Phylogenetic positioning of sequences suggested that they originated from a wide variety of phylotypes, with Clostridium sp., Streptococcus sp. and coliforms as dominant phylogenetic groups (Supplementary Figure S1), which is consistent with the 16S rRNA-based analyses. In addition, an unexpectedly large fraction of high G+C Gram positives was observed, which may be due to the commonly encountered underestimation of these microbial groups by regular 16S rRNA gene amplification (Hayashi et al., 2004). Moreover, a fraction of sequences mapped at low phylogetic resolution, indicating the presence of several uncultured species from which close cultured relatives have not been characterized by full genome sequencing.

Comparative phylogenetic profiling of the individual sublibraries revealed that all groups encountered in the overall analysis were present in each of the sublibraries, but displayed inequal distributions in the different sublibraries (Supplementary Figure S2). The phylogenetic distribution of sequences derived from samples taken on the same day (1A and 1M) were similar to each other, but differed from the sample that was taken a year earlier (A). Notably, Streptococcus sp. and high G+C Gram positives were overrepresented in the 1A and 1M libraries, whereas Clostridium sp. and coliforms were more prominently represented in the A library, which was confirmed by the HITChip analysis of the fosmid libraries (Supplementary Figure S1). These findings support previous observations that underline the fluctuation of the microbiota composition in ileostomy effluent over time (Booijink et al., 2010), which contrasts the relatively stable composition in the colon (Zoetendal et al., 2008). Moreover, it demonstrates that the metagenome of a single sample provides only a snapshot of an ecosystem and may underestimate the consequences of population dynamics.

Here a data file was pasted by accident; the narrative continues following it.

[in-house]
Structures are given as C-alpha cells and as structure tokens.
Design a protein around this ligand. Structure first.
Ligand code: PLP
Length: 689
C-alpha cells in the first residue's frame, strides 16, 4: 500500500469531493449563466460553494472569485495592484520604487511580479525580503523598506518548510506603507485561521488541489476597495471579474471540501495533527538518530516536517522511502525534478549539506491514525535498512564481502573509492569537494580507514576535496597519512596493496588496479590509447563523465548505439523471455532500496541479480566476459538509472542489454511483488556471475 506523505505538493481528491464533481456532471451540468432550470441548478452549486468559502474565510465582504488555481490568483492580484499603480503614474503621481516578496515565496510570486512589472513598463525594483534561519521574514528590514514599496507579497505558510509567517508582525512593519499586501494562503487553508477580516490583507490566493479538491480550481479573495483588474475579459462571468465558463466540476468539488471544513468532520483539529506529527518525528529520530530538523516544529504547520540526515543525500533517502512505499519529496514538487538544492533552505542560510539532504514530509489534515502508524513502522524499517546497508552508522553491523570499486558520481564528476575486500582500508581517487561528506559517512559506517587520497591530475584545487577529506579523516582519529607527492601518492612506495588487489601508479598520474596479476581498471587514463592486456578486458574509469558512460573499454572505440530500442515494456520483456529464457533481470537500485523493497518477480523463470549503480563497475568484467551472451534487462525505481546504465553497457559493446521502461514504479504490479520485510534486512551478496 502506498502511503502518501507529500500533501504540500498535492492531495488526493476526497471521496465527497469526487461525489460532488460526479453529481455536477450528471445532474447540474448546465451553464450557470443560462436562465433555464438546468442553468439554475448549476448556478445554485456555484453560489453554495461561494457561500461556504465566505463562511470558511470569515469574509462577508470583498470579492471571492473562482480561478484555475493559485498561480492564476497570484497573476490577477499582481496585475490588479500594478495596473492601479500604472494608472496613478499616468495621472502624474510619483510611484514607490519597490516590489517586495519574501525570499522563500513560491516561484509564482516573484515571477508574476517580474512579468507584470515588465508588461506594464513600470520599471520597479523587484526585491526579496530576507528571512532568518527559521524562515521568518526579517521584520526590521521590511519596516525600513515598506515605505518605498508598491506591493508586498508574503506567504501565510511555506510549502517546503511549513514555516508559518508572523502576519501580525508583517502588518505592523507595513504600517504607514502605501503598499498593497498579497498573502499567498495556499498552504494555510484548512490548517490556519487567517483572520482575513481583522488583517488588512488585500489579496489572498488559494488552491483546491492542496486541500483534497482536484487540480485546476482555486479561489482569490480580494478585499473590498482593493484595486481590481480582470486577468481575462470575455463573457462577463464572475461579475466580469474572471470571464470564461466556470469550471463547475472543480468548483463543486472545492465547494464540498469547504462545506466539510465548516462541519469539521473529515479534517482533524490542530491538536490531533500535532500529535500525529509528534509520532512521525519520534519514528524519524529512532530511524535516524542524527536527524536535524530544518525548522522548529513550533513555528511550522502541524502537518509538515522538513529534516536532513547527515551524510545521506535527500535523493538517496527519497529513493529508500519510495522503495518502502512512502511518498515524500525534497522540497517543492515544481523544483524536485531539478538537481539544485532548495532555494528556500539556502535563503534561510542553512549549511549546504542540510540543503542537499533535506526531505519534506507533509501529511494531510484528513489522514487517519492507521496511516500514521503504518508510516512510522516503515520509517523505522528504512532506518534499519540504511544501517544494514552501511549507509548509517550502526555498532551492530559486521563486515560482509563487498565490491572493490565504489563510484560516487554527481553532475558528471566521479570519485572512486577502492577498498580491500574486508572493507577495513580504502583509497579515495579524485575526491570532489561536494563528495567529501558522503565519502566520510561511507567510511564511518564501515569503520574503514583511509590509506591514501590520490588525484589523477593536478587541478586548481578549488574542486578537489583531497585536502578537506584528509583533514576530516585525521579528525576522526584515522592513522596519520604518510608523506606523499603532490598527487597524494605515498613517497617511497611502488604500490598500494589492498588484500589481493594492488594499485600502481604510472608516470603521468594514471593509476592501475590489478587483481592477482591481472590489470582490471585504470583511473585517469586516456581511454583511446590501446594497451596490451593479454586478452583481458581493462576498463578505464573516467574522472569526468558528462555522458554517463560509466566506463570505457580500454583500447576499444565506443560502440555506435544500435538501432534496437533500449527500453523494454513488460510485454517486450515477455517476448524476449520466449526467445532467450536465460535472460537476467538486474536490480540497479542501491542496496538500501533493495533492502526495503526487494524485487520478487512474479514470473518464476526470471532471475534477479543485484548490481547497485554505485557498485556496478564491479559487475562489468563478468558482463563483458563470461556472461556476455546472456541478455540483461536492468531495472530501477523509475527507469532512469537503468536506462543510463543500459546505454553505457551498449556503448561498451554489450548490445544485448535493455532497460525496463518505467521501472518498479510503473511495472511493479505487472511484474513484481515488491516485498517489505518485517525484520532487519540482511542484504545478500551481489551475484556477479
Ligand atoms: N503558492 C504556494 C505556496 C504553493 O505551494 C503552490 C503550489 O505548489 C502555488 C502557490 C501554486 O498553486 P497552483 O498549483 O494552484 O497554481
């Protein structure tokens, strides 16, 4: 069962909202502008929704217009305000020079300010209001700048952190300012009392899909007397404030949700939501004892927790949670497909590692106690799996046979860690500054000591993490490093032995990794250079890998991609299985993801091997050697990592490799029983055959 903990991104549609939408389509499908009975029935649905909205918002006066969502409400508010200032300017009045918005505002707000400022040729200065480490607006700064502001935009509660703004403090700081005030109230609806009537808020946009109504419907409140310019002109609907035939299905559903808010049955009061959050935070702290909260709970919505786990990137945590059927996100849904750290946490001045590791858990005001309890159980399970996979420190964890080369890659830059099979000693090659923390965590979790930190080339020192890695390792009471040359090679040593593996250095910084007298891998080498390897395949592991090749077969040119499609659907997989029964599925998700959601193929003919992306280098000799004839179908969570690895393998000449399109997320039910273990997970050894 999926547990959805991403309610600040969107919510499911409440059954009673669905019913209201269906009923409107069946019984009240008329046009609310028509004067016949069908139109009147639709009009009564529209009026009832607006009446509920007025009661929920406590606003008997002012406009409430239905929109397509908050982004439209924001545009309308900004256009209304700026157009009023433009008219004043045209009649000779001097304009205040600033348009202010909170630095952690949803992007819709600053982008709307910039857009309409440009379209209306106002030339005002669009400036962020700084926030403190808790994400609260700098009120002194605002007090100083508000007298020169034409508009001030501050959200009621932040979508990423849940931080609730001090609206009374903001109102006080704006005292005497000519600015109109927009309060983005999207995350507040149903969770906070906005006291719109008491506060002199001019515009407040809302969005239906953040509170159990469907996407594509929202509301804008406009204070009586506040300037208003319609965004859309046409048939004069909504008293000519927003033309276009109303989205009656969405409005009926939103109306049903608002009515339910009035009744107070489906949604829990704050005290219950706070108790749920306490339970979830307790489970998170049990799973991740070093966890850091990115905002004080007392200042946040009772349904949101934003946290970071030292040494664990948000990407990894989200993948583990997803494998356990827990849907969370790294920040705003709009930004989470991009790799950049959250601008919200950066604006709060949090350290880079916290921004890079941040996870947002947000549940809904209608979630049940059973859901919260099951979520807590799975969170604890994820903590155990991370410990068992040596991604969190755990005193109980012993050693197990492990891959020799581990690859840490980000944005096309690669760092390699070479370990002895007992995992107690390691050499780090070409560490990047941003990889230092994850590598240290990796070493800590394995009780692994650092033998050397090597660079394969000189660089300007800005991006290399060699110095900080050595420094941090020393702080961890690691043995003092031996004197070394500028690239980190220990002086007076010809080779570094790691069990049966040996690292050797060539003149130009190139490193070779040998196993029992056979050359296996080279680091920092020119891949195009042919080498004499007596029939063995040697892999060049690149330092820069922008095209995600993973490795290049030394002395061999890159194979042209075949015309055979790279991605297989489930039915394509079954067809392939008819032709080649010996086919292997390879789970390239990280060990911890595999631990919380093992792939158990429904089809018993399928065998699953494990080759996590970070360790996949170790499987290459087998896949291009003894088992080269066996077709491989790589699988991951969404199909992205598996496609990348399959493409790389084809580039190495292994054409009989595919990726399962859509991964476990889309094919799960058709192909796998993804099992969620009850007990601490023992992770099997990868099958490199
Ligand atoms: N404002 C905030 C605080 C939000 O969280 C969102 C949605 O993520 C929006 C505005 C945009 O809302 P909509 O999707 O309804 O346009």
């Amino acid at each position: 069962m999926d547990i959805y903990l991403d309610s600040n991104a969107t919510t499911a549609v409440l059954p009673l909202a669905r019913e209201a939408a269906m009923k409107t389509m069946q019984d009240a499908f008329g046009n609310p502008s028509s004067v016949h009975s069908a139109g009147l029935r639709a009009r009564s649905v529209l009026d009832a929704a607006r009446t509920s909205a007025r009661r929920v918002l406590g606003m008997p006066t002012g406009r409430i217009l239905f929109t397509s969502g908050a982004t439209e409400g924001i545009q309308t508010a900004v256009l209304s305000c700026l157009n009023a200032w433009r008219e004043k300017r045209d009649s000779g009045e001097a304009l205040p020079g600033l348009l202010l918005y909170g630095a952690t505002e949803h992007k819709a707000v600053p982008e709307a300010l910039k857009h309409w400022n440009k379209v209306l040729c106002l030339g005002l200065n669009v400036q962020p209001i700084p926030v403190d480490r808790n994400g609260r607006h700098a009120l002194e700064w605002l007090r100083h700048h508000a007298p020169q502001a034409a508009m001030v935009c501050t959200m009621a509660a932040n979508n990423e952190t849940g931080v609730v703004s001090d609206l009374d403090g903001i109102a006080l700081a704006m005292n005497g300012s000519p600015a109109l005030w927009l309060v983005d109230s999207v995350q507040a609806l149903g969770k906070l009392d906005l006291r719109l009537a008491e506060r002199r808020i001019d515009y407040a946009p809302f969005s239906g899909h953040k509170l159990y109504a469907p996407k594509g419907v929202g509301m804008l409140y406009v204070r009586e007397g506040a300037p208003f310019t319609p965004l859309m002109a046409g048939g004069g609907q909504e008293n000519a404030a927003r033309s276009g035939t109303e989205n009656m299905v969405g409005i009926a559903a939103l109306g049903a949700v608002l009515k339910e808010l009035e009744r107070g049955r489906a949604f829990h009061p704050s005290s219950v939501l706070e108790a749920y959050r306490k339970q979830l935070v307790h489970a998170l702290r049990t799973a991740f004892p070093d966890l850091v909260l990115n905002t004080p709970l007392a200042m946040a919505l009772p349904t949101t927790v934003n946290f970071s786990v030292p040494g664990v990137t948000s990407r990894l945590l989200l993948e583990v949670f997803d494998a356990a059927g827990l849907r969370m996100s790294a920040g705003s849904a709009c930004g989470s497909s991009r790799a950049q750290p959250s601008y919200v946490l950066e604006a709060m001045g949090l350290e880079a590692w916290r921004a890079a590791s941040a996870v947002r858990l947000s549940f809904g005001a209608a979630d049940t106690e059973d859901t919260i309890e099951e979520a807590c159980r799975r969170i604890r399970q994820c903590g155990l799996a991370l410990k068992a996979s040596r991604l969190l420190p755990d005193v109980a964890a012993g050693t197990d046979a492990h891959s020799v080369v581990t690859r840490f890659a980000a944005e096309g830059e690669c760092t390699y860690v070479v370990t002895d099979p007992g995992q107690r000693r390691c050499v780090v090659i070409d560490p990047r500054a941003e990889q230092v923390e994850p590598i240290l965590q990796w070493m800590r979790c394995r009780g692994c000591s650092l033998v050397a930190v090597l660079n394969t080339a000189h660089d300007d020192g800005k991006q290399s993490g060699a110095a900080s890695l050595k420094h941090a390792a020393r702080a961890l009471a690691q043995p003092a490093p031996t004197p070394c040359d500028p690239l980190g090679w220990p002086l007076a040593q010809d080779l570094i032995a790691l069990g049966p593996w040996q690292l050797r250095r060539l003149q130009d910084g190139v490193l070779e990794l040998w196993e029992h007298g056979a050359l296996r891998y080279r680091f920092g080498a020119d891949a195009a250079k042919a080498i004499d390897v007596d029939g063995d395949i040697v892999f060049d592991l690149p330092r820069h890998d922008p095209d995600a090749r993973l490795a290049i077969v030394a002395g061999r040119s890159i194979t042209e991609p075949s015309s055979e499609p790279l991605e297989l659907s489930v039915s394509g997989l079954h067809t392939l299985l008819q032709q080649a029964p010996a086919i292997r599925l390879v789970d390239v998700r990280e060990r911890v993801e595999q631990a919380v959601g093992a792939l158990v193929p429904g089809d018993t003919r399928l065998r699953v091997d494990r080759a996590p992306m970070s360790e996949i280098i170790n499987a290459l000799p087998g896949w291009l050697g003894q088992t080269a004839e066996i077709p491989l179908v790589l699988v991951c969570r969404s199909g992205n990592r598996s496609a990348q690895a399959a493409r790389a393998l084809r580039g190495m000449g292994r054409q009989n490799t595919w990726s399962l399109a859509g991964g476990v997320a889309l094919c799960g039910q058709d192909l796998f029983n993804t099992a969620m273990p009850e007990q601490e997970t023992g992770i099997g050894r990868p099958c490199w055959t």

Small intestinal microbiome reflects a community that can quickly respond to varying carbohydrate availability

Comparative metagenomics indicated that several pathways and functions related to carbohydrate uptake and metabolism were highly enriched in the collective small intestinal metagenome compared with those of fecal metagenomes (Figure 2; Supplementary Table S3 and S4). In contrast, membrane proteins, enzymes related to metal binding and proteins with unknown functions were enriched in the fecal metagenomes. Focusing on the KEGG modules, several sugar phosphotransferase systems (PTS), enzymes related to central metabolism (such as pentose phosphate pathway) and fermentation pathways (such as lactate and propionate fermentation), and amino acid metabolism, were highly enriched in the small intestine (Figure 2). As amino acids are regarded as fuel for the human small intestine (Wu, 1998), our findings suggest that the availability of amino acids could be limiting for bacteria in the small intestine, stimulating their de novo synthesis. The phylogenetic distribution of the genes related to central metabolic pathways was scattered across a variety of bacterial phyla (Figure 3a), indicating that microbes in the small intestine harbor an extensive repertoire of genes involved in import and utilization of a variety of sugars. Remarkably, genes related to synthesis of cofactors, such as cobalamin and biotin, were strongly enriched (Figure 2; Supplementary Table S3 and S4). The biotin synthesis genes were phylogenetically mostly linked to Proteobacteria and higher ancestral origins, but were also associated with Firmicutes and Bacteroidetes (Supplementary Figure S3). As cobalamin and biotin are important cofactors in central metabolic reactions, it is not surprising that their biosynthetic pathways are overrepresented in different phylogenetic levels as well. Notably, biotin absorption by epithelia takes place in the intestine, suggesting that the residing microbes may significantly contribute to the human biotin supply (Said, 2009).

Figure 2
figure 2

KEGG modules plotted at the metabolic pathways. Pathways that are overrepresented in small intestine versus colon are indicated in blue; pathways that are overrepresented in metatranscriptome versus metagenome are indicated in yellow; overrepresented pathways in metatranscriptome and small intestine are indicated in green. The fermentation pathways and PTS are highlighted in boxes.

Figure 3
figure 3

Phylogenetic representation of the reads. The size of the bullets represents the relative abundance of the reads per phylogenetic position. Highly abundant phylogenetic groups are indicated. (a) Representation of GS-FLX reads that showed hits to genes involved in central (purple) and glycan (green) metabolism. (b) Representation of the cDNA reads that showed hits to PTS. The colors indicate the different types of PTS.